A Map Is Not A Territory

“I have seas but no sharks, rivers but no water; forests but no birds; cities but no people. Who am I?”

My daughter nagged me with a riddle while I was busy taking pictures of the sky outside the plane window. The simple joy of flying after a long time enhanced with a beautiful setting of the sun outside the window had my attention. She nagged again and then she blurted the answer, “a map.” A map, the word, took my husband seated next to her, to the GPS in his car and how the car starts beeping at every point where he crosses the defined speed limit. His frustration came out animatedly especially when he talked about the speed limit of 30km/hr. 

Cars are getting designed with behavioural controls like alarm beeps if you cross a certain speed limit. These frameworks exist to guide and maneuver human behaviour. Google Maps and other inbuilt GPS systems work as useful guides through their easy, nearly accurate navigation systems unless they start beeping. At that moment, to get away with the annoyance, you remind yourself, a map is not the territory!

“A map is not the territory” is a statement coined by Alfred Korzybski. The mathematician presented this in a paper in 1931 in New Orleans. He used it to convey the fact that people often confuse models of reality with reality itself. In Korzybski’s words,

“A map may have a structure similar or dissimilar to the structure of the territory.” 

He meant that people in general do not have access to absolute knowledge of reality, but merely possess a subset of that knowledge that is then adapted through the lenses of their own experience. In today’s Habits for Thinking column, I want to bring your attention to a way of thinking which hinges around this concept that, ‘a map is not the territory.’

The map here means the tool to understand reality like theories and models. Like a physical map helps us to understand a space, similarly a mental map, is an abstract way of understanding things that our mind adapts to. To understand the complexity of a subject, the human mind creates a map or a model internally. It is just an understanding in a short form. What we have in our mind  may be flawed because it is just a version of the actual explanation. Secondly, it may be incomplete, as one can miss out on a point. Also, it may not be interpreted in totality as the reality. These understandings, that a model can be flawed or incomplete or under-interpreted reflects the understanding of the statement that the territory, the reality, can be different from the model.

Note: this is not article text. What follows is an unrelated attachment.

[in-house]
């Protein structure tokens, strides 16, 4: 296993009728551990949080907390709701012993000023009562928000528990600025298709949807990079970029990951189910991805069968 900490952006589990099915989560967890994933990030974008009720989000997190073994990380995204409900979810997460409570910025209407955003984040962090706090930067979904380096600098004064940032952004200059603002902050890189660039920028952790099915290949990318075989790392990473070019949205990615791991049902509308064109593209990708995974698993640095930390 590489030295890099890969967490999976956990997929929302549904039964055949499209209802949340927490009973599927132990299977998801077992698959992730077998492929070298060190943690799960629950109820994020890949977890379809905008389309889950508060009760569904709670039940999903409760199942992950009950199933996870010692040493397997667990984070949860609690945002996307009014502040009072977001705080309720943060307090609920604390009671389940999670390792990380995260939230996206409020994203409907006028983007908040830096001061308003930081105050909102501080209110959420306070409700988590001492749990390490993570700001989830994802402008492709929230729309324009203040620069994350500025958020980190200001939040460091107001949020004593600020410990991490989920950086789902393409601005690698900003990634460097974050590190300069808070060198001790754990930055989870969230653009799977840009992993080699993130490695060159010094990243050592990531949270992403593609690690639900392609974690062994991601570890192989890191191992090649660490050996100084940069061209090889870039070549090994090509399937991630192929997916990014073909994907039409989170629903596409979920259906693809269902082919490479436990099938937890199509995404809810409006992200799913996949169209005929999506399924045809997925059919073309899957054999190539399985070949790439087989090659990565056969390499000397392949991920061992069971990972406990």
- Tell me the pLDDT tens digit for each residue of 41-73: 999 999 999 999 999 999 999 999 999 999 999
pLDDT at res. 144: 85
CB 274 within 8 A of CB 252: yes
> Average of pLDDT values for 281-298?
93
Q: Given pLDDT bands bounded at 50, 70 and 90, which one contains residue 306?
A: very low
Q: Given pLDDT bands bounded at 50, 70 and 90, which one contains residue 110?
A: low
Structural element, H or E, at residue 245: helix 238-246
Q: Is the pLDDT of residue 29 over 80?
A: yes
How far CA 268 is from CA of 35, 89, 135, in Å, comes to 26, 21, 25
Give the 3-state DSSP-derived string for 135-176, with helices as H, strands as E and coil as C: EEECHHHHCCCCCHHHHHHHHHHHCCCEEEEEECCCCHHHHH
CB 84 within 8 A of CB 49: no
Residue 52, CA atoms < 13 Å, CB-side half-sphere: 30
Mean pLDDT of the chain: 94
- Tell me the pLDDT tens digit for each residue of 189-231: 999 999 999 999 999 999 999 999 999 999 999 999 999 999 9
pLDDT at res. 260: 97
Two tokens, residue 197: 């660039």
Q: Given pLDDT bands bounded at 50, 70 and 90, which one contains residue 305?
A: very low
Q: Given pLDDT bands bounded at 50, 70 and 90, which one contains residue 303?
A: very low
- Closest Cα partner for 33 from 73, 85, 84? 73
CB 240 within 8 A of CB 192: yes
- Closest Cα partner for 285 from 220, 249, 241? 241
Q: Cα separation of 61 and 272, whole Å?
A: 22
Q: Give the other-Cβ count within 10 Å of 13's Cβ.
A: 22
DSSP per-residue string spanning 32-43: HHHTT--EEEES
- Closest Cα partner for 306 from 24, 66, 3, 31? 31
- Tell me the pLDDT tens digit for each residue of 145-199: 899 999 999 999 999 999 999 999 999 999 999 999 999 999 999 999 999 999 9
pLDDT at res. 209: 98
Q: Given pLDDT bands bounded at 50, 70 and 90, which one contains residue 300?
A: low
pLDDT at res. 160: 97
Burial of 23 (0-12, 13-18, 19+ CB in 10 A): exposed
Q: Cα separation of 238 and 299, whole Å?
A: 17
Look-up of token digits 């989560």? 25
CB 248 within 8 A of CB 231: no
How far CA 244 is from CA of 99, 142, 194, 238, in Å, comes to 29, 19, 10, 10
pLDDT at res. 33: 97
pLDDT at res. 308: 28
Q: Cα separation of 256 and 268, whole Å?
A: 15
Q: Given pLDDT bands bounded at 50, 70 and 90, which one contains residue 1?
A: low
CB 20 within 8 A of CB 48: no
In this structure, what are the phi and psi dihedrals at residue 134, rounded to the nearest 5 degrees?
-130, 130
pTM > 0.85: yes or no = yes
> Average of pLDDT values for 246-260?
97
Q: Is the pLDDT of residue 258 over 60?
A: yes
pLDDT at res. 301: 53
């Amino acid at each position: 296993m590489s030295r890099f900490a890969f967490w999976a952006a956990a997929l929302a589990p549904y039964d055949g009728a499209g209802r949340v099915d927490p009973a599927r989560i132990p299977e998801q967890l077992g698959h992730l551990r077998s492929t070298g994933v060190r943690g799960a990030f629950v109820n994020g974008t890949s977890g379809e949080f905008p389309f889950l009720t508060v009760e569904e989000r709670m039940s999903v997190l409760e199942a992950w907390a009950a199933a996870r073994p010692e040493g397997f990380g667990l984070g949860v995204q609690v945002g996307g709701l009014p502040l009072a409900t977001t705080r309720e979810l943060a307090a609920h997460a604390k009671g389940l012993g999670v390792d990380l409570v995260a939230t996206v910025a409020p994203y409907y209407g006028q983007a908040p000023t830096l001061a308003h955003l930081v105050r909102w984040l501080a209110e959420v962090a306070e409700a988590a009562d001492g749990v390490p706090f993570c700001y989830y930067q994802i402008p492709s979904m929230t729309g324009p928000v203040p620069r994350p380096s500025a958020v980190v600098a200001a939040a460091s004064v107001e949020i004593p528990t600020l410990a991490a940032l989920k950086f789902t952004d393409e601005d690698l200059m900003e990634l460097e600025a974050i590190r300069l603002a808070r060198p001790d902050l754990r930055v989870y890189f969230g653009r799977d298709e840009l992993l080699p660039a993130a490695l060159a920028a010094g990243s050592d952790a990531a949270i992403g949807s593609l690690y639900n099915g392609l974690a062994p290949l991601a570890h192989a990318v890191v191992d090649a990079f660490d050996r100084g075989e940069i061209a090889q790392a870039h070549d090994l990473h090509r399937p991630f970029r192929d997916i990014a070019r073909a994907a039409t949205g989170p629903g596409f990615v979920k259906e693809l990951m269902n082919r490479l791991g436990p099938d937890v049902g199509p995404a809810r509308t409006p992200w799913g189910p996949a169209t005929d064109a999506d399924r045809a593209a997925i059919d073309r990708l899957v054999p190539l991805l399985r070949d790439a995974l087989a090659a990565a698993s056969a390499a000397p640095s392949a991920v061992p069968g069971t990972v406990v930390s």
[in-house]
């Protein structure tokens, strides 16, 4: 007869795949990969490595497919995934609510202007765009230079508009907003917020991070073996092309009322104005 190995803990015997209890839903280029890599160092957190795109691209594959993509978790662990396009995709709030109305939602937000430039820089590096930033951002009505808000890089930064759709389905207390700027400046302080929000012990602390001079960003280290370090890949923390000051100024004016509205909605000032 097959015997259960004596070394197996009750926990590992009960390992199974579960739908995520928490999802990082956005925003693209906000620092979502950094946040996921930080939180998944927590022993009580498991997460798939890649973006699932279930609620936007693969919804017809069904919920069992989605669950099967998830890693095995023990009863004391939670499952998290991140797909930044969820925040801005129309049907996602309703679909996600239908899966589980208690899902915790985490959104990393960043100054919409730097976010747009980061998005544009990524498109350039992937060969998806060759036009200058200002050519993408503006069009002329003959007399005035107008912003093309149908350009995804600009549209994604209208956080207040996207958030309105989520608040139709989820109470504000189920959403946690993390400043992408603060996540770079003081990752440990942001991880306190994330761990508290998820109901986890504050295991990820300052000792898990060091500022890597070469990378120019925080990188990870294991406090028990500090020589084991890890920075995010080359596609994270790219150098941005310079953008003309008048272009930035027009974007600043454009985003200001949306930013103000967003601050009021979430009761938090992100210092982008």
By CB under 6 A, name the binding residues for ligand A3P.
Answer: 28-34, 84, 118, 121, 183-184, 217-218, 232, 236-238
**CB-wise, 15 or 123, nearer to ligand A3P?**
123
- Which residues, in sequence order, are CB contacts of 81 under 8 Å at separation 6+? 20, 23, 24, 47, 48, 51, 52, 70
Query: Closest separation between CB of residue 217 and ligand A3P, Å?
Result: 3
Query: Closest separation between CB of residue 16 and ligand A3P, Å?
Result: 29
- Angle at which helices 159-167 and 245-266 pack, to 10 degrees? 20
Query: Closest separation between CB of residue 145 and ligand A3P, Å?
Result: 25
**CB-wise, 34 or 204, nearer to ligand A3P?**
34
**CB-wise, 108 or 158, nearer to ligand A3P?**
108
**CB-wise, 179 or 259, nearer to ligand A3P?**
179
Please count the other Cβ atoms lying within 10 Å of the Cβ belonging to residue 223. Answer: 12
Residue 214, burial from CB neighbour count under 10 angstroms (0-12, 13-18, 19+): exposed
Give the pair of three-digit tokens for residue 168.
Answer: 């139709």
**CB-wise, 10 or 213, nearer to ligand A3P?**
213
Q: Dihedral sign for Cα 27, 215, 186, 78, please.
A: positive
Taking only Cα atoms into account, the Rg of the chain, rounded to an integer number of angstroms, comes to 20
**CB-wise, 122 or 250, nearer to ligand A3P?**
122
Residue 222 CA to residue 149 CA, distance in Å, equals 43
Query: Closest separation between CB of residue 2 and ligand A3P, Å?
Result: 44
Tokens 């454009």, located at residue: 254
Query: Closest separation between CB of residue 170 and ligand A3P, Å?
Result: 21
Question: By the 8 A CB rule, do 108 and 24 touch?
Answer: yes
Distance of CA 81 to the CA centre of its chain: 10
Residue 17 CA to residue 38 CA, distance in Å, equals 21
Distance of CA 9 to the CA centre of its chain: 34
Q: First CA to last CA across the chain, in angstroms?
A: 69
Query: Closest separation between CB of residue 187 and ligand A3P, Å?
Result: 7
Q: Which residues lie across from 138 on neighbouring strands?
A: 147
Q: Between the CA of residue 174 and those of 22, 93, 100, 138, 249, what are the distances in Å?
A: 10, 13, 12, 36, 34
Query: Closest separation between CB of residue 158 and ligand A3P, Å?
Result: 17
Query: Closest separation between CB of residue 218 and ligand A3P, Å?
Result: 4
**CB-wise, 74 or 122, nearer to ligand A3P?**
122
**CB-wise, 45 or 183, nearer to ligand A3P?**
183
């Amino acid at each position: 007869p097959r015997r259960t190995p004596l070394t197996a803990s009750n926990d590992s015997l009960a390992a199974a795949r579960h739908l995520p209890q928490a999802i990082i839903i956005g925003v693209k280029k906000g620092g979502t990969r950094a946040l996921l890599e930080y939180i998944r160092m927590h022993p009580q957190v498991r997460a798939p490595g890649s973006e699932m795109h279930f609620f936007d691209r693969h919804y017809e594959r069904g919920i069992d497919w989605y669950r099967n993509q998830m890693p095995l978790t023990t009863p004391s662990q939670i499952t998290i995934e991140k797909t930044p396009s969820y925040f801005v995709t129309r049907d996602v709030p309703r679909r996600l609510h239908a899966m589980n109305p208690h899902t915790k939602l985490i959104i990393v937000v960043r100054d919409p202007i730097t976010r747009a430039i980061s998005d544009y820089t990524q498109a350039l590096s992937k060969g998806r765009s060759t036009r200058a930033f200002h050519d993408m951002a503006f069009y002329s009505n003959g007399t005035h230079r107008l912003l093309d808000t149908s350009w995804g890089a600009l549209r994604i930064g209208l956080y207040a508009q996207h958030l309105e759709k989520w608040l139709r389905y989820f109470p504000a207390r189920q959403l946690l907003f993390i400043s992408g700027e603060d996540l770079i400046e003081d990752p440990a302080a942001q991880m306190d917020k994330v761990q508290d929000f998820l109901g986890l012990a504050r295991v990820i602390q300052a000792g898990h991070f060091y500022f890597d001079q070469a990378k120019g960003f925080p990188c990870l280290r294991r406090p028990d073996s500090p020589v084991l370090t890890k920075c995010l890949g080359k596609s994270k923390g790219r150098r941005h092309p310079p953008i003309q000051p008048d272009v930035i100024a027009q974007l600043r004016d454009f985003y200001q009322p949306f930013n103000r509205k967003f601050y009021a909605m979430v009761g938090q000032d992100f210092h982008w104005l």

Let me explain to you how it impacts our lives: 

Several models of explanations that are in our head and in our workflows and decision making are just models. These are not realities. When we repeatedly get into the habit of using that model, without questioning or analysing them, we may not be able to identify the problem in our decision making and therefore may end up in a failed outcome. This stands true for both personal life and work life. 

An illustration in a personal life: 

In architecture and urban planning, there is a term called desire lines. What are desire lines? 

“Desire lines” are paths & tracks made over time by the wishes & feet of walkers, especially those paths that run contrary to design or planning. Free-will ways. Aka “cow-paths” & “Olifantenpad” (elephant trails) says Robert Macfarlane